Contracts play an important role in deciding where to downsize. Unused spaces in buildings with long-term lease agreements typically represent the best opportunities for subletting to new tenants, as it can help you mitigate rent increase risks. 

There are other factors to consider too, like whether the current incumbent real estate management firm offers subtenant management services. If they do, the whole process of subletting the space you let from them can be very simple – and even profitable.

2) Choosing the right partner to manage your subletting

In cases where your incumbent real estate management firm doesn’t offer subtenant management services, you’ll need to find a new one that does – unless you want to take all of that work in house. That’s a complex commercial decision in its own right.

The Smart Cube recently worked with one client in that position to conduct a full assessment of real estate management partners, and map out all of the company’s subletting needs. Through our research, we were able to identify the strongest partners that could offer every service the company needed, at the right cost – helping them make the most of the downsizing opportunity.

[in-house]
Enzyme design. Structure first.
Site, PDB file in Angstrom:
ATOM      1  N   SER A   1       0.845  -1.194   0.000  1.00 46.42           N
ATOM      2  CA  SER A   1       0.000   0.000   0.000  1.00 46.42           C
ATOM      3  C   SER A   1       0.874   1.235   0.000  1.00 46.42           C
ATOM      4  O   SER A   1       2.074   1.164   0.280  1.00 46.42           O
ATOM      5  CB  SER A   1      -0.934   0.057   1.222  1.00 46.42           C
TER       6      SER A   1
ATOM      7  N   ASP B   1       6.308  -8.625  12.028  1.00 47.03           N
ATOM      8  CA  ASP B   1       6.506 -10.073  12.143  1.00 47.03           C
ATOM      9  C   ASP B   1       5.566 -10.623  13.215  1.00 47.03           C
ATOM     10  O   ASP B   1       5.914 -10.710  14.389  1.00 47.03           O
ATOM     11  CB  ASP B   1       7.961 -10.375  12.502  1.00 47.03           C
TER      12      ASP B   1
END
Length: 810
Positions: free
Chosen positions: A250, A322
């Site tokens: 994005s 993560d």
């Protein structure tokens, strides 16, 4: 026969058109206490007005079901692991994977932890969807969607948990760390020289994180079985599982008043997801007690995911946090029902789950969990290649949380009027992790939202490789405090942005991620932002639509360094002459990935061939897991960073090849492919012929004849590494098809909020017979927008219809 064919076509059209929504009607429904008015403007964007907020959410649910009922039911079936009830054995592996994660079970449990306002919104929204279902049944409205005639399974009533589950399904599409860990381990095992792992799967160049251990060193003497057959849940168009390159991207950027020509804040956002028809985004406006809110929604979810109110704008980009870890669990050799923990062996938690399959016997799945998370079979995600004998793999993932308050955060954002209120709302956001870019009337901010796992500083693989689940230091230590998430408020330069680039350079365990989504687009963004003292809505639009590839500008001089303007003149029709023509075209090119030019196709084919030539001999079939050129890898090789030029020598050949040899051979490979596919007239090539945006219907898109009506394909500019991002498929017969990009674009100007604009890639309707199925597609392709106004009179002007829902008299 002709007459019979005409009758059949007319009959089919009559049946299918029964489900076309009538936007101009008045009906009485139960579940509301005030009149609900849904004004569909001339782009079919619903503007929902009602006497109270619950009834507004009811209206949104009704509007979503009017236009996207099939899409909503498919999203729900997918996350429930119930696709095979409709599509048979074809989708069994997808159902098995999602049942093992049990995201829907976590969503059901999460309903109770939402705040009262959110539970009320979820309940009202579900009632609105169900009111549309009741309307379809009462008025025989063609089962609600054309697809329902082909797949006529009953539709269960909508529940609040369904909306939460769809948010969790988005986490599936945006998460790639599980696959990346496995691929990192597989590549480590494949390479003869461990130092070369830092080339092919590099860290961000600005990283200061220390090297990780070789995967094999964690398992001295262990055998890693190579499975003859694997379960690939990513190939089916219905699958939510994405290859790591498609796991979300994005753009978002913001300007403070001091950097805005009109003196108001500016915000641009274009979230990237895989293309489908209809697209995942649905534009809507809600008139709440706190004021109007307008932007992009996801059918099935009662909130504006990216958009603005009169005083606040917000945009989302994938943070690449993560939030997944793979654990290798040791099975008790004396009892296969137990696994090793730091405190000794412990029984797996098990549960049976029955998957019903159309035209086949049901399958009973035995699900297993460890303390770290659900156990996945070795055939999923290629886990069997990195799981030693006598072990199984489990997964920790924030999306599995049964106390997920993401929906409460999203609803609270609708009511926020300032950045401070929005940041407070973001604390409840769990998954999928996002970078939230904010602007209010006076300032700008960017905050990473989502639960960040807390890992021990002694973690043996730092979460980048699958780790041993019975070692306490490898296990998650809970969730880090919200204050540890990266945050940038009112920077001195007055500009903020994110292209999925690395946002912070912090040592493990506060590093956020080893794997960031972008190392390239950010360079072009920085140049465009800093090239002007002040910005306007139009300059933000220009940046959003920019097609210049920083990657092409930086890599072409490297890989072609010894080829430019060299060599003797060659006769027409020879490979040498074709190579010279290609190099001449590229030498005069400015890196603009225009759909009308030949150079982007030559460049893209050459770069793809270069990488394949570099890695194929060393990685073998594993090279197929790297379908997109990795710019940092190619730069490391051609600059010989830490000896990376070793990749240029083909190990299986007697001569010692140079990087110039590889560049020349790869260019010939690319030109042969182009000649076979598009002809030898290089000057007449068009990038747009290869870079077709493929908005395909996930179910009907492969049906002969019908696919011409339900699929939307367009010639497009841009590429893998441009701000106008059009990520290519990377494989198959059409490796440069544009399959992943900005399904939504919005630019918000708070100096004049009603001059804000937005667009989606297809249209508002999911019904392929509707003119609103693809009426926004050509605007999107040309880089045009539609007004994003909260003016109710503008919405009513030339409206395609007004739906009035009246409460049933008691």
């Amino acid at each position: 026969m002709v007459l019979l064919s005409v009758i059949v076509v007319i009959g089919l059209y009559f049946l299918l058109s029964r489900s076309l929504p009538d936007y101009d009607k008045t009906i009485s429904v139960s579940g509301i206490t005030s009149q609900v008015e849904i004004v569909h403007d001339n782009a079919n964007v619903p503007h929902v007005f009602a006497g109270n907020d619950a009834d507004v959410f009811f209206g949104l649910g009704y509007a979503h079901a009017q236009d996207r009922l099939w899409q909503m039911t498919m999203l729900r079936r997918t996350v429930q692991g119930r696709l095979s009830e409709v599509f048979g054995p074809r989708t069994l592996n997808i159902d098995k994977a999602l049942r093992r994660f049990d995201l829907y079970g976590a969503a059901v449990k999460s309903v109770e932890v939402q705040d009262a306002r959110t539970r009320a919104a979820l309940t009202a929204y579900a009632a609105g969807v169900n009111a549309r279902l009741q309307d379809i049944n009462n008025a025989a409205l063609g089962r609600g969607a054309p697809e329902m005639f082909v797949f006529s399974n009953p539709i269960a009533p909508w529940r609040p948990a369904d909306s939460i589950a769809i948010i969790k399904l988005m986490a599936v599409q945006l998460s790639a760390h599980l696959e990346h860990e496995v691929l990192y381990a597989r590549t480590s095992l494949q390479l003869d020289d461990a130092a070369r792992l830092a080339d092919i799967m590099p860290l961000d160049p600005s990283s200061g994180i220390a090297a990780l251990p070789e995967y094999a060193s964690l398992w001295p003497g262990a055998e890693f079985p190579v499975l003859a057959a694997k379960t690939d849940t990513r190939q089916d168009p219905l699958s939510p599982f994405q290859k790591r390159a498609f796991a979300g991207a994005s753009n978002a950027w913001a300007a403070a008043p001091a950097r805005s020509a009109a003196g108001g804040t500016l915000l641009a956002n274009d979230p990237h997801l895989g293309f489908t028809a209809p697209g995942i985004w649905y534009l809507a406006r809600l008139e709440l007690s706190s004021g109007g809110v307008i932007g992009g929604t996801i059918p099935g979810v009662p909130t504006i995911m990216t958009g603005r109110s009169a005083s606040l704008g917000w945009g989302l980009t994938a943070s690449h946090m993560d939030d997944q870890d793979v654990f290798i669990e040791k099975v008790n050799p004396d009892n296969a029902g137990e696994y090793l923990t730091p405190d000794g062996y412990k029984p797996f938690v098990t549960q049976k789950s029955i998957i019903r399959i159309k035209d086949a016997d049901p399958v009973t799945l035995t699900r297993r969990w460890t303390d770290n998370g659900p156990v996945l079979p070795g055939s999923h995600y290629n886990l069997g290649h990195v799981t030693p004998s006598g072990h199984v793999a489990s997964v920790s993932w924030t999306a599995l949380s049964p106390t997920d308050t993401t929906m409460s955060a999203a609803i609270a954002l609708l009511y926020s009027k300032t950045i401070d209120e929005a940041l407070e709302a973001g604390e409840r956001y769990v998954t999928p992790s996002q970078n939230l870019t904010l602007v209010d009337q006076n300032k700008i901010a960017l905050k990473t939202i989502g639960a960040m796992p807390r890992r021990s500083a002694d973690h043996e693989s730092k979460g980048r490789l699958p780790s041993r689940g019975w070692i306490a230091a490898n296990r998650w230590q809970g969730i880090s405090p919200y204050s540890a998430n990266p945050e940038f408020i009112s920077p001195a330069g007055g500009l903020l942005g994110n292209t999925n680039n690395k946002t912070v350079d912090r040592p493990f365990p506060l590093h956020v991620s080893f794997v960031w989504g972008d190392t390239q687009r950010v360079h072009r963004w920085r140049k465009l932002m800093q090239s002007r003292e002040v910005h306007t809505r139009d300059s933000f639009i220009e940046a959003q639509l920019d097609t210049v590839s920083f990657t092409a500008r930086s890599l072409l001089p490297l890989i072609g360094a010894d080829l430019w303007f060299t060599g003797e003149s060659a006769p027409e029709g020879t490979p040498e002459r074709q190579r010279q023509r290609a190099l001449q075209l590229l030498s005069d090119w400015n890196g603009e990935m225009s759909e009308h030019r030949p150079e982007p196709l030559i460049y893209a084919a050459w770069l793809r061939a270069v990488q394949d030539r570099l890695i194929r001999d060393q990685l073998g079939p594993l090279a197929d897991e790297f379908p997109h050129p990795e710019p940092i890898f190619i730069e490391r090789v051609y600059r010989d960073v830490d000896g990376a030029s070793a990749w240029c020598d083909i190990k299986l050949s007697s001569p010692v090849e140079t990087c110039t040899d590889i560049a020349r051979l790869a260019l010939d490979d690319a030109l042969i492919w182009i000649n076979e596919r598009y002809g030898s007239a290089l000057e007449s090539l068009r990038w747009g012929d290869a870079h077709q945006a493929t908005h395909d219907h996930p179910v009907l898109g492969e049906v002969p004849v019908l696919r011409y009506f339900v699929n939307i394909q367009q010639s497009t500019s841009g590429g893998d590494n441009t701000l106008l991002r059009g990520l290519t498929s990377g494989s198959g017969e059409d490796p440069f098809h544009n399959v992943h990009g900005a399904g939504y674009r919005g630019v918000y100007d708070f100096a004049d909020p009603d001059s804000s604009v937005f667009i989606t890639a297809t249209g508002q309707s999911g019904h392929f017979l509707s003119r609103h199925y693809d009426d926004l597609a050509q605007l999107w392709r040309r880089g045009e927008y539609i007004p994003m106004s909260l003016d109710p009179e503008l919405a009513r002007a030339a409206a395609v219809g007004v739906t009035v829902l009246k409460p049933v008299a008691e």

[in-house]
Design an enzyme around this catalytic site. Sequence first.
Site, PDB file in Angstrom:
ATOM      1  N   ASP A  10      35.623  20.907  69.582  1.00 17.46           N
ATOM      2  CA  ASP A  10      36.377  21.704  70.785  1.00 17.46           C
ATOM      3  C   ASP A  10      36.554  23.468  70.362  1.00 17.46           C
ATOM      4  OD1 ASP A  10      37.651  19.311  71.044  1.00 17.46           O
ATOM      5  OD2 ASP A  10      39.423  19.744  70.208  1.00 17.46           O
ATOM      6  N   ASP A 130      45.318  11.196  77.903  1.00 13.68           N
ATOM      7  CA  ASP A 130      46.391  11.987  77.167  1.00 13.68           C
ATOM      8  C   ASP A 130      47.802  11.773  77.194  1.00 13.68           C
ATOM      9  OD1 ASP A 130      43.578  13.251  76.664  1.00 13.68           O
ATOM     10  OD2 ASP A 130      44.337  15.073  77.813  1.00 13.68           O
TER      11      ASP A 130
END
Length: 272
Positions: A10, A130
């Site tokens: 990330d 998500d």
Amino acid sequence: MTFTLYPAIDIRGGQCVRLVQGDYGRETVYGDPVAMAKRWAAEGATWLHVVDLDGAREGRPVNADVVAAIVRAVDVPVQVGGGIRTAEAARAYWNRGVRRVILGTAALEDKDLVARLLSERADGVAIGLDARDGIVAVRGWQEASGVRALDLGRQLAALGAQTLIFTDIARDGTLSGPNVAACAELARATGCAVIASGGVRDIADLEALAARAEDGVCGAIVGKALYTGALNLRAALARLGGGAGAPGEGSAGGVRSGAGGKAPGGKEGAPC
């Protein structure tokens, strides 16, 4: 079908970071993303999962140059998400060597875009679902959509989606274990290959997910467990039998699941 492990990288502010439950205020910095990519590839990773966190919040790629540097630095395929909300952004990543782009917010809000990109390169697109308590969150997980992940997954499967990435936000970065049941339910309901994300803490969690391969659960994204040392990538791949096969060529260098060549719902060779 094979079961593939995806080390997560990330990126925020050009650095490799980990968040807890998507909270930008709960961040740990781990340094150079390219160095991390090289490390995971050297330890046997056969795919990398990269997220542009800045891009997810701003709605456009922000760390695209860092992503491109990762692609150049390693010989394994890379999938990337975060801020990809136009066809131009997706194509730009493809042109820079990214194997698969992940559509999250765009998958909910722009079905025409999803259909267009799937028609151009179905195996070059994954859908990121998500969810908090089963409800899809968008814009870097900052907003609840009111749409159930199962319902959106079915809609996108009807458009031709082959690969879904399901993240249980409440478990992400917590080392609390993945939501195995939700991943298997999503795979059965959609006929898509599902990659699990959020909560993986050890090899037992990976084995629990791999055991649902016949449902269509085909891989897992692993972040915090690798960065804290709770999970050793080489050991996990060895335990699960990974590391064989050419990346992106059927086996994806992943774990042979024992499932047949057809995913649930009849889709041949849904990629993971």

3) Keeping everything streamlined and manageable

When you’re choosing which spaces to sublet, and which partner should manage them, you also need to keep a close eye on the complexity of managing your commercial property portfolio moving forward.

It may make financial sense to sublet five specific offices, in five different cities, each under the management of a different local partner. However, the management complexity that introduces can end up limiting the value of subletting.

Recent research by The Smart Cube discovered that using a single supplier (preferably incumbent) to manage subtenant services in facilities enables a better understanding of business requirements, reduces administrative burden and can decrease operational costs by up to three to five percent.

Make informed decisions for the future of your facilities

If you’re one of the thousands of organisations facing rising rents and underutilised office space, you have some important decisions to make. Whichever path you choose –  renegotiating with your landlords or subletting unused spaces – you need the right insights and intelligence to ensure the decision you make is the correct one.

With costs forecasted to increase further, now is the time for action. To find out how The Smart Cube can help you make informed decisions to help you maximise the cost efficiency of your commercial property portfolio, visit here, or talk to us today.